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Latest New Mexico news, sports, business and entertainment at 11:20 a.m. MDT

Jul 4, 2019
  • IMMIGRATION-TEEN MOMS

In border crisis, pregnant teens are especially vulnerablePHOENIX (AP) — As the crisis at the border has deepened over the last year, one group of migrants is particularly vulnerable: teen moms and pregnant girls without parents of their own.Unaccompanied minors are held by the government until a vetted sponsor, usually a relative, can take them in while their immigration cases play out in court.Attorneys who interviewed the teens at several government facilities recently found they lacked medical care, were afraid to speak out when their babies got sick and went weeks without being able to shower or brush their teeth.Customs and Border Protection apprehended over 56,200 unaccompanied youths in the Southwest border from October to May. Health and Human Services officials say the agency has had about 500 teens with babies in its custody since October.

  • SAVING RURAL CHURCHES

Shrinking rural New Mexico villages putting churches at risk(Information from: Albuquerque Journal, http://www.abqjournal.com)SANTA FE, N.M. (AP) — Shrinking populations in rural New Mexico villages are putting aging churches at risk since the buildings aren't receiving the same upkeep as previous generations.The Albuquerque Journal reports the Santa Teresita Church in Mora County is one of several participating in a fundraising project to benefit some of the state's "endangered" historic churches in an effort to save the structures.Through cultural events starting this month, organizers of the Nuevo Mexico Profundo project hope to raise money to preserve the churches that sit in villages across the state.Nuevo Mexico Profundo is the brainchild of Frank Graziano, an author and former professor of Hispanic Studies who lives in Chamisal.His inspiration came from research and trips he made for his recently published book, "Historic Churches of New Mexico."___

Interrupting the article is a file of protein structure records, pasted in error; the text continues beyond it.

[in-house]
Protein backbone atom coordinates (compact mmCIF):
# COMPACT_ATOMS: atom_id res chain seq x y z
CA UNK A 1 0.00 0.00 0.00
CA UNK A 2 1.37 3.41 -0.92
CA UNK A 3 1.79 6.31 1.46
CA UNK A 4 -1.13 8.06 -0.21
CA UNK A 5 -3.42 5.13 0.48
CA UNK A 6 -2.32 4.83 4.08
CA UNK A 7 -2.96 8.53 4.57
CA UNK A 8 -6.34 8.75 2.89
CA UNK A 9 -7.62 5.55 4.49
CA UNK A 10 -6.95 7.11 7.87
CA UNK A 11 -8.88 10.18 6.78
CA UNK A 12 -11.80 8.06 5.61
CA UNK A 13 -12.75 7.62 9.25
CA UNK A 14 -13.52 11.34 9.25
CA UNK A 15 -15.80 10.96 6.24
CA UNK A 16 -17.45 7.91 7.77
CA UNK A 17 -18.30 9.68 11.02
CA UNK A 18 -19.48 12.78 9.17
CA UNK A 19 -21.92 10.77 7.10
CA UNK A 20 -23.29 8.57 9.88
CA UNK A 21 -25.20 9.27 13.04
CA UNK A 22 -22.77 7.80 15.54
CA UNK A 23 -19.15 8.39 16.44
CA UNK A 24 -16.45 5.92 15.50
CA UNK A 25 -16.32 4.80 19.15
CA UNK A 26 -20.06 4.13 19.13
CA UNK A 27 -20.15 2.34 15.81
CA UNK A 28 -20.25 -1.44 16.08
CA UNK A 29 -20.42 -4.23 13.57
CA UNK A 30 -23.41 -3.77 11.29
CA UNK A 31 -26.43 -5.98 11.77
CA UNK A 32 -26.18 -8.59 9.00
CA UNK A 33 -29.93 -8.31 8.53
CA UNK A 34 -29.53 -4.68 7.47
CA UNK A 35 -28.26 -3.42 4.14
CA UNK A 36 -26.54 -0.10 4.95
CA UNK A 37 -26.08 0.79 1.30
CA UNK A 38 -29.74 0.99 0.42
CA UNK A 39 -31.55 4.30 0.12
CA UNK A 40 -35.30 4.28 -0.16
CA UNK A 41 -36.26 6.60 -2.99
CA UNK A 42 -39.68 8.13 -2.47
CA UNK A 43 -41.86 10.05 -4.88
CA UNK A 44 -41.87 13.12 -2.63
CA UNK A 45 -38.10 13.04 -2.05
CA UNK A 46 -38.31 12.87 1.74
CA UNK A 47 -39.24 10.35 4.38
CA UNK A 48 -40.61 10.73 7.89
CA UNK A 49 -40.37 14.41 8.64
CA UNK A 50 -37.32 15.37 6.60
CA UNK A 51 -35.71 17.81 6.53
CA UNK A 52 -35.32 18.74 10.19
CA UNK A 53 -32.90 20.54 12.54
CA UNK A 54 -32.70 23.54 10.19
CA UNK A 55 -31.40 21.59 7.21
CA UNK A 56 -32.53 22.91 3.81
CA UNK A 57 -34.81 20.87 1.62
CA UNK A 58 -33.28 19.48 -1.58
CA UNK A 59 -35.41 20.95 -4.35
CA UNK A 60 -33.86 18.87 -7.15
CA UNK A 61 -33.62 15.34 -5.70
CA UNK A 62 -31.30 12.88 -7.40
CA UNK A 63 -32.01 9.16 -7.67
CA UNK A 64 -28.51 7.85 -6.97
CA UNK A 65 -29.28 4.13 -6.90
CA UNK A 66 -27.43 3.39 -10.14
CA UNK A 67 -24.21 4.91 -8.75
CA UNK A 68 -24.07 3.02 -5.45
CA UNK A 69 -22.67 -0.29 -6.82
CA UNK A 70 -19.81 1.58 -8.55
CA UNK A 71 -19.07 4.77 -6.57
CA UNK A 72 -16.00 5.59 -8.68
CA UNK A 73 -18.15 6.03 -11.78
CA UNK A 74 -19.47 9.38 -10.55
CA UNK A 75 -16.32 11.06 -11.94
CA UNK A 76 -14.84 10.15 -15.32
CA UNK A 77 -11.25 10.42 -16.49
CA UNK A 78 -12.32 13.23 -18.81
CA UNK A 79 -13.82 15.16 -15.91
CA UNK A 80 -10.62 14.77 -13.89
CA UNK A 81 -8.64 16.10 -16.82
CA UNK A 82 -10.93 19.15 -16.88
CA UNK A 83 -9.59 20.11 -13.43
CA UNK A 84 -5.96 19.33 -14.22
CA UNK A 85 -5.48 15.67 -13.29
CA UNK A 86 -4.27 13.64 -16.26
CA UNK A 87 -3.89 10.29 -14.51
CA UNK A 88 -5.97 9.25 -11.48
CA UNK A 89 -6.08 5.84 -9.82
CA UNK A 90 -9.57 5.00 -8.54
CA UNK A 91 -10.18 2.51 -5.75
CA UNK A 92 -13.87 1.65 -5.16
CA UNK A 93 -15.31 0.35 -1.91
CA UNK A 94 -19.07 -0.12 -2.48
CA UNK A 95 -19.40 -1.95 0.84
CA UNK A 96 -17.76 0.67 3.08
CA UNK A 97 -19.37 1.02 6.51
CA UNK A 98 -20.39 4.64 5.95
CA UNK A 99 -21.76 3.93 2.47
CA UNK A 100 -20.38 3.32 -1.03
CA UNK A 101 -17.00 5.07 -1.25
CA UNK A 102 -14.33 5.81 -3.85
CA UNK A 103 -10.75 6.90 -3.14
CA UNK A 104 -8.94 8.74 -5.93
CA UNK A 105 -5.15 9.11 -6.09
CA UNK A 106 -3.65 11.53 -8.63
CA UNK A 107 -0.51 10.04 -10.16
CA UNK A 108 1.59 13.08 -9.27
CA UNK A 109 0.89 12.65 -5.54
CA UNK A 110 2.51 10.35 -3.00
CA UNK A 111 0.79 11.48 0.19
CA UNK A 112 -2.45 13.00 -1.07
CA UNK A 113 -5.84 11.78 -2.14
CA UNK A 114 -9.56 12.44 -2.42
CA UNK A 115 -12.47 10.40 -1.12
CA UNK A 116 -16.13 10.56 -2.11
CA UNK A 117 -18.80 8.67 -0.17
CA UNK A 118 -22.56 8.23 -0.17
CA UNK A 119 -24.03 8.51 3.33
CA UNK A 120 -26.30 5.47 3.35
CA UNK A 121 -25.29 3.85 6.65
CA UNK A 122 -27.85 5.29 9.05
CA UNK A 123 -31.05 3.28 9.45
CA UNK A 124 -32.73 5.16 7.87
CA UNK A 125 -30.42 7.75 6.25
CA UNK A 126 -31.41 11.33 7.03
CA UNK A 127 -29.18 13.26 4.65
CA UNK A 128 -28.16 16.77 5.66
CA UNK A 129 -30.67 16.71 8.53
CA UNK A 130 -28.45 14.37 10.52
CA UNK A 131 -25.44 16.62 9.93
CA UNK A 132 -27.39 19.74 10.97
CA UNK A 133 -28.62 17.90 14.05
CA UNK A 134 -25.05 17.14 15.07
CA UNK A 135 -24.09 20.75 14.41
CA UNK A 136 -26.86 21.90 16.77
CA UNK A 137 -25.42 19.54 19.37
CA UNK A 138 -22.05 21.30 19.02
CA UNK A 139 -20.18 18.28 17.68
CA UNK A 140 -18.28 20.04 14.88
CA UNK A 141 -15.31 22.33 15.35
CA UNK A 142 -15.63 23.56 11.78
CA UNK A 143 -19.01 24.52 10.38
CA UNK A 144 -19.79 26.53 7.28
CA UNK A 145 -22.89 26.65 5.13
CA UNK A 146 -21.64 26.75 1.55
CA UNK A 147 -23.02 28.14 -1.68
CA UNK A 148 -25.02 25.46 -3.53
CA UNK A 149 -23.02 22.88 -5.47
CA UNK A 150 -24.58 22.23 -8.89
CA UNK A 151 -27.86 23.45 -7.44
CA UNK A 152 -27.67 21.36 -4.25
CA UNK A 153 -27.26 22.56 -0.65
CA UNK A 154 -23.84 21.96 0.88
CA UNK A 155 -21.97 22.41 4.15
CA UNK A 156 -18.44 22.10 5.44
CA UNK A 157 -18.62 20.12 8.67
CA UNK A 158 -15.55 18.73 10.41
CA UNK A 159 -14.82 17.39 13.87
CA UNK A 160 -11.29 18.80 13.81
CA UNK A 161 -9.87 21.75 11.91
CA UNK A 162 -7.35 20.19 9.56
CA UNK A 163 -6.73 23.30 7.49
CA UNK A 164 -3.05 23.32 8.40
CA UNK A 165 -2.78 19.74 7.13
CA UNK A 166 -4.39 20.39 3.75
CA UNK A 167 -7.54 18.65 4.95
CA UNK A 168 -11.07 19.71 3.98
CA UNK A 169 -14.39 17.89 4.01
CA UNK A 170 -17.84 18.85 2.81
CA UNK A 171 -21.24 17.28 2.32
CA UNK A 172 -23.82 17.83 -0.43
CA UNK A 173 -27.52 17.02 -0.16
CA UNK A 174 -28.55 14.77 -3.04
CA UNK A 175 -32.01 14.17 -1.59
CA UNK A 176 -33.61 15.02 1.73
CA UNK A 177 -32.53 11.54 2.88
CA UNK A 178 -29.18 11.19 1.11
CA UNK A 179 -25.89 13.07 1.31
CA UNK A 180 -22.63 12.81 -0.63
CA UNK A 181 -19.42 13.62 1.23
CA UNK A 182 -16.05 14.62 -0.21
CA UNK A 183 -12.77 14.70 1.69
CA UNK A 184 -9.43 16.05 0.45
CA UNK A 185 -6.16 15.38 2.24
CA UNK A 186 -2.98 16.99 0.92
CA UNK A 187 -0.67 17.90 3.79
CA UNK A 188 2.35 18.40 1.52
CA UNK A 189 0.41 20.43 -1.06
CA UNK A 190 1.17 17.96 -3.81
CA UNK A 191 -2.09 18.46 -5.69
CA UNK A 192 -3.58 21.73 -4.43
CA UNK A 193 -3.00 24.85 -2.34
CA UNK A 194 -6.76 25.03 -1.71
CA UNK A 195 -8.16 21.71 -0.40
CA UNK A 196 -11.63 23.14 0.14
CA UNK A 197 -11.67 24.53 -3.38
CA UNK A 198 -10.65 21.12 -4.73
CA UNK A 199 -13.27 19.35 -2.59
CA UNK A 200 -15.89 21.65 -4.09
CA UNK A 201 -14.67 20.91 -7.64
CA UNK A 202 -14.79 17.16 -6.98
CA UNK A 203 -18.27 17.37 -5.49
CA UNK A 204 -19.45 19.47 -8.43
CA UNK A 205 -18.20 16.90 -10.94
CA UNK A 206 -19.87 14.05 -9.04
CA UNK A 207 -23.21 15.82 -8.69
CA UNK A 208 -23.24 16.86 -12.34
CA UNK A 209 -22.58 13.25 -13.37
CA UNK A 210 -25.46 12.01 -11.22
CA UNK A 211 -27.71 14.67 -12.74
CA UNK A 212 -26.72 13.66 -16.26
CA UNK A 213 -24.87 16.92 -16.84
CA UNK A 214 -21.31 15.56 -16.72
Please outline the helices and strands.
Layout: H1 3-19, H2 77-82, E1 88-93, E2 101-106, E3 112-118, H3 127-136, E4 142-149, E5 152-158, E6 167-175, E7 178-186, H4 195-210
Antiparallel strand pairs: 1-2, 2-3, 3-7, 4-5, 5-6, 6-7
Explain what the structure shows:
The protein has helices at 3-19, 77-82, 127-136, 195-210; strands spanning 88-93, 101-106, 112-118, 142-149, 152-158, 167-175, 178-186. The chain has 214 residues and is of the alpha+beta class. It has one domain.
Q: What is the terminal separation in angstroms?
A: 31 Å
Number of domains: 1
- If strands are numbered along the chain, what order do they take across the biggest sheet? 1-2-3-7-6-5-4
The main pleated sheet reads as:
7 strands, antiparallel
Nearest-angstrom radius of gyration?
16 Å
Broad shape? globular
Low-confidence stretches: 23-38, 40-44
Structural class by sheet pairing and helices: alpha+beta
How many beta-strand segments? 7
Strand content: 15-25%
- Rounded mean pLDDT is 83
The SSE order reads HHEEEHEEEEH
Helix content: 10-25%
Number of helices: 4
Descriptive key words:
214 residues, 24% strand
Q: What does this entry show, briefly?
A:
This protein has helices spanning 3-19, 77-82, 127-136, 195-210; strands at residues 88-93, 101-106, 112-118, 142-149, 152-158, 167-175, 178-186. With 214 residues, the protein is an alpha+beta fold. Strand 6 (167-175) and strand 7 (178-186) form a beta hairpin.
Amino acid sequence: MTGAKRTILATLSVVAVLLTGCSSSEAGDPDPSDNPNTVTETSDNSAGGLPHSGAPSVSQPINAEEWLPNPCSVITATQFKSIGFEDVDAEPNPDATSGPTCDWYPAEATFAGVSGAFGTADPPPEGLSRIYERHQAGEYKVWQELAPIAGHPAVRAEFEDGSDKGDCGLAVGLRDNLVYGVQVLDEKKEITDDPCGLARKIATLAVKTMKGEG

• PANCAKES-FOURTH OF JULY-INJURY

Police: 1 injured at early July 4th event in Santa Fe(Information from: The Santa Fe New Mexican, http://www.santafenewmexican.com)SANTA FE, N.M. (AP) — Police say a New Mexico woman has suffered minor injuries at an early morning Fourth of July celebration in Santa Fe after cooking spray ignited.The Santa Fe New Mexican reports authorities say the woman volunteer was injured Thursday morning ahead of the annual Pancakes on the Plaza event.Santa Fe Police Chief Andrew Padilla says emergency workers attended to the injured woman before she was sent home. He says the injured person's identity was not immediately available, and the injury appears to be minorSanta Fe New Mexican circulation director Mike Richard says he heard a loud bang could be heard on the Plaza around 7 a.m.Lt. Michele Williams says the explosive sound was likely caused by water on the stove mixing with cooking spray.___

  • BYU-MARS PROJECT

BYU helping NASA prep for human mission to MarsPROVO, Utah (AP) — Researchers at Brigham Young University are helping with a NASA-sponsored project measuring the electrical charge and size of dust particles on Mars.The Deseret News reports the BYU group is nearing completion of the three-year project that hopes to understand the climate of the Red Planet and the impact the dust has on materials sent to its surface.BYU professor Shiuh-hua Wood Chiang says the project began two years ago after NASA asked universities across the country for a Mars dust analyzer proposal.Chiang says dust tends to stick on the solar panels of Mars rovers and reduce the power generation capabilities.He says researchers need to understand how the dust particles may affect future instruments and life support systems on Mars.